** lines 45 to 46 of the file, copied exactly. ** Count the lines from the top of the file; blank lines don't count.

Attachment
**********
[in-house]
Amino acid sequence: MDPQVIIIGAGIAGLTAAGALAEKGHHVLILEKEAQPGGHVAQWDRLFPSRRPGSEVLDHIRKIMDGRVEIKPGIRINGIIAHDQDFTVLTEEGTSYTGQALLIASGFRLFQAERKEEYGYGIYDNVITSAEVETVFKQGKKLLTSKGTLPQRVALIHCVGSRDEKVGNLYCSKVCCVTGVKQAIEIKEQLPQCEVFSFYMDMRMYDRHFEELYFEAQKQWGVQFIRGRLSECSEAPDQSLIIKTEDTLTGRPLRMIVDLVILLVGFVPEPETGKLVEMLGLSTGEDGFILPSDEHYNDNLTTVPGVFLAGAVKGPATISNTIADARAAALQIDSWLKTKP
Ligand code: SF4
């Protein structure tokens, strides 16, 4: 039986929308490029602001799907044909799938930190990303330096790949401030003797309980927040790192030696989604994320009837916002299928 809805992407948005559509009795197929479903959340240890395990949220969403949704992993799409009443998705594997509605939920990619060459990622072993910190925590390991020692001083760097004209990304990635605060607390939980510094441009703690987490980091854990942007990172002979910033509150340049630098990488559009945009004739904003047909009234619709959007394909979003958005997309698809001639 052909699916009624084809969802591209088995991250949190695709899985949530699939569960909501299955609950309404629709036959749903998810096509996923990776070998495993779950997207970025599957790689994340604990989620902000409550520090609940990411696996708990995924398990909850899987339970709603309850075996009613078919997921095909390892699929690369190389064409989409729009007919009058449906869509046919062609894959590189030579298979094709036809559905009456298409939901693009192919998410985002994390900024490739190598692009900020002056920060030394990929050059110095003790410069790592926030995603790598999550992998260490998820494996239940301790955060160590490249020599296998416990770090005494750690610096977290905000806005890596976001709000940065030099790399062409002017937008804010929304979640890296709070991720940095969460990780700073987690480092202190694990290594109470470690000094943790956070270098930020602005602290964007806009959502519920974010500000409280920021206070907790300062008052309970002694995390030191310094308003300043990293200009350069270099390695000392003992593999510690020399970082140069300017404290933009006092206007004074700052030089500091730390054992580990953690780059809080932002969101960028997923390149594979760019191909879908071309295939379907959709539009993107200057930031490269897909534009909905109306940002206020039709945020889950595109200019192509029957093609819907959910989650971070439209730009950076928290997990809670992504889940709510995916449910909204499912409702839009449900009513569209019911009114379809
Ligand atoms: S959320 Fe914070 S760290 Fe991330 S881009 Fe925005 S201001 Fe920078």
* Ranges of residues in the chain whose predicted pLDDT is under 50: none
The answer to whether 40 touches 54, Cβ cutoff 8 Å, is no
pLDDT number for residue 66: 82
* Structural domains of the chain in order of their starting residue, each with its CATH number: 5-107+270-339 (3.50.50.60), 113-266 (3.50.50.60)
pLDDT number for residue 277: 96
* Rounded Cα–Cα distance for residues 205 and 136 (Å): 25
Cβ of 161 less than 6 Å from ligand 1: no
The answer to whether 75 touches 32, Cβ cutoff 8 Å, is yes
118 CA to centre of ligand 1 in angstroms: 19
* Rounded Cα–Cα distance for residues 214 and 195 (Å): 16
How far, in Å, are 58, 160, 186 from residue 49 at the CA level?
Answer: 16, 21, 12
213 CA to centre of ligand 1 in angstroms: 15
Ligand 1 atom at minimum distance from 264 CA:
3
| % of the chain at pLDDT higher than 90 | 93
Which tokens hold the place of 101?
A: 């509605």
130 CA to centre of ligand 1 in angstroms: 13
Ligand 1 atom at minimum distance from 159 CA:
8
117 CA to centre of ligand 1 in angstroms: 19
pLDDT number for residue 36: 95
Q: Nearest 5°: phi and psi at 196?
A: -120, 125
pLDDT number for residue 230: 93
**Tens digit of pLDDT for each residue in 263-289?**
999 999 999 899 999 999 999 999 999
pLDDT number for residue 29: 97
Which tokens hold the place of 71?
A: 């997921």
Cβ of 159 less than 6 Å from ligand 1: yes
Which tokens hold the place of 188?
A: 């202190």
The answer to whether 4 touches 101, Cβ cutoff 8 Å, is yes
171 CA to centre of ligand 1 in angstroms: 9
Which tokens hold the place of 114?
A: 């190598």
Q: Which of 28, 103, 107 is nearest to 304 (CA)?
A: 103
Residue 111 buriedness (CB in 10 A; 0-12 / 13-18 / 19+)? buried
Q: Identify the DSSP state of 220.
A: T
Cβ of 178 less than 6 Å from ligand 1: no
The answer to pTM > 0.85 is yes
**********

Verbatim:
A: 103
Residue 111 buriedness (CB in 10 A; 0-12 / 13-18 / 19+)? buried